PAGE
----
Gasteiz > Zamudio 185km
Another day with brutal gradients! With 2729m of climbing, this stage is easier than today, but it could still be selective.
A nice day with temperatures getting above 20 degrees.
This stage is all about the last two climbs, the first of which is 1.9km at 11.1%.
The final climb of the day is officially 6.3km at 5.9%, but that hides the horror contained in the opening 2km where the gradient averages almost 11%. From the crest there is just under 20km to go.
This is the final 300m, you can see it’s got a nasty kick up to the finishing line, much harder than the first two stages.
Does the break have a chance? Of course, it does. Today we saw Ineos keen on setting the pace, but there’s no guarantee they do that again in this stage. Jumbo-Visma aren’t going to be overly keen on wasting energy chasing down a move when Roglič already has a stage win, and we have a huge stage to come on Saturday. Do QuickStep want to ride for another Alaphilippe sprint? They didn’t start with a full complement of riders, and with two high on GC, they don’t have the numbers to ride all day. This will give the breakaway riders the sniff of a chance, but the flat start isn’t great news for them.
It’s not the hardest looking stage, but the final two climbs are very difficult. We saw today that we have several riders who are well matched, it’s going to be hard to make big differences in this stage. Today we witnessed Ineos, QuickStep and Jumbo-Visma all riding for the same outcome, instead of grouping together and putting pressure on individual riders. I get the feeling something similar could happen in this stage, they’ll realise this isn’t the stage where big differences can be made.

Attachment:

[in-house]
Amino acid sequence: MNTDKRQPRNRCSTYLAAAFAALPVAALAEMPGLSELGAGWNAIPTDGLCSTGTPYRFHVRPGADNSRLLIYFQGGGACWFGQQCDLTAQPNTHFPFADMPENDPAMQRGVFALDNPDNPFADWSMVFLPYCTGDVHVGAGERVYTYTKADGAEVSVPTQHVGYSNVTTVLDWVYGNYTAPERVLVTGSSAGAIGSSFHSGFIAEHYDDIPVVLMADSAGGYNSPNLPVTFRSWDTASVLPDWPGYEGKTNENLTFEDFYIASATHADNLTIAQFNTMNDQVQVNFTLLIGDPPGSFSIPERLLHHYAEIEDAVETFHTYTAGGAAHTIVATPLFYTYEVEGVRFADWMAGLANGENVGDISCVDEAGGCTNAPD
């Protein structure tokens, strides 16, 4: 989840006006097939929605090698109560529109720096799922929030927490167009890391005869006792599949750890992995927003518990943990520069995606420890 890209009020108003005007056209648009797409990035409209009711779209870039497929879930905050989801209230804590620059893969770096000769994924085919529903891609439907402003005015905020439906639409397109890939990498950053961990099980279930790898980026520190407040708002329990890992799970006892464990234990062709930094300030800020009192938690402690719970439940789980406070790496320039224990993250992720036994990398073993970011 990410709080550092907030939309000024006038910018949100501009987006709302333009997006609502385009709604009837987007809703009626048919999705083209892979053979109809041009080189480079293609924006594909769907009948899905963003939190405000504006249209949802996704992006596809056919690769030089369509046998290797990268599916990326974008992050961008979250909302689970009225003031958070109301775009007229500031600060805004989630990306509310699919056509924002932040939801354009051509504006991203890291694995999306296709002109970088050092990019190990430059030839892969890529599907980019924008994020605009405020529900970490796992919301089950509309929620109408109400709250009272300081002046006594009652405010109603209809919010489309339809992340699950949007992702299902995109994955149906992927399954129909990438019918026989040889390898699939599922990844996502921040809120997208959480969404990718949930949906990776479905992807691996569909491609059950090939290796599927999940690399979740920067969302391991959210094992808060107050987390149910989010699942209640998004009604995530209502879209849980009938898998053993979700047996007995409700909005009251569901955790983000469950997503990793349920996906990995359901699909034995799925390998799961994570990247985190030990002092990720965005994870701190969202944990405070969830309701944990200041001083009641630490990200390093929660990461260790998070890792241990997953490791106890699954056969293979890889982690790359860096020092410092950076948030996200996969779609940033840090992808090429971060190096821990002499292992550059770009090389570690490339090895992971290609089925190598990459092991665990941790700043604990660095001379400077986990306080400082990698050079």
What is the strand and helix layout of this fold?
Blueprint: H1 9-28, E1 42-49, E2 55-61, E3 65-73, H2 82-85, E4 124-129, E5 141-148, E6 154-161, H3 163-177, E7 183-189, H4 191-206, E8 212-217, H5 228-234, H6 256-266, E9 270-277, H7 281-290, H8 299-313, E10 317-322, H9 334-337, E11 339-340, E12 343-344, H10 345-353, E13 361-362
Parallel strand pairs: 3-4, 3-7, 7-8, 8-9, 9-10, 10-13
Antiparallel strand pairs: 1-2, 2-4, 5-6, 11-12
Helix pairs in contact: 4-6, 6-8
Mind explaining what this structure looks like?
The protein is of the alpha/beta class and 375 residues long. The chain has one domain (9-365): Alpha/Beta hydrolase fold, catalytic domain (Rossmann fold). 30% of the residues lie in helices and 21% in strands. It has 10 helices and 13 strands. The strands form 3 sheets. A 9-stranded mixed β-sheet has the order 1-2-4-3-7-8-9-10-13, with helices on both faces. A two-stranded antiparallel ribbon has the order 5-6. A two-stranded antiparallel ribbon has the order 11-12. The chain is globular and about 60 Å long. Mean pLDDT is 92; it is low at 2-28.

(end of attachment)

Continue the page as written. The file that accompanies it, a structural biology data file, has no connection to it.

Julian Alaphilippe – looked like he was going to claim his second stage today, but he just faded in the final metres. To be fair, he did spend almost all the final 10km stuck at the back of the pack, not looking at his best. This stage is another opportunity for him, he should love the finish. If he has Remco to lead him out, he’ll have another great chance of winning his second stage.
Primož Roglič – he tried to jump on Alaphilippe’s wheel just before the final corner, but he was chopped (fairly) by Bilbao, and his stage hopes were over. His tactics on the climbs were interesting, his lack of presence at the front of the group was noticeable. There are a couple of ways of looking at this, either he was in a little bit of trouble, or he was trying to force others into covering moves. If the stage ends in a sprint, he’ll fancy his chances of challenging for the win, especially as it ends with a 7% slope.
Pello Bilbao – took a brilliant win today, that one would have been special on home roads. Given the speed of his sprint, this is another chance for him. His DS did say that he was in great form, but after his performance on the final climb in GP Miguel Indurain I had mistakenly written him off. Today he didn’t have any teammates to help in the closing stages, he’ll be hopeful that he’ll get some help in this stage.
Remco Evenepoel – needs to attack in the closing kilometres, but he’ll likely ride for another Alaphilippe sprint.
Alessandro Covi – breakaway hopeful number 1.
Mauri Vansevenant – breakaway hopeful number 2.
Victor Lafay – breakaway hopeful number 3.
Lennard Kämna – breakaway hopeful number 4.
James Shaw – breakaway hopeful number 5.
This one is in the balance; it all depends on the strength of the break. Today was super hard, with lots of tired legs and some already worried about Saturday, there is a chance for the break to go all the way, especially if it contains a QuickStep rider. I’ll take a win for Mauri Vansevenant.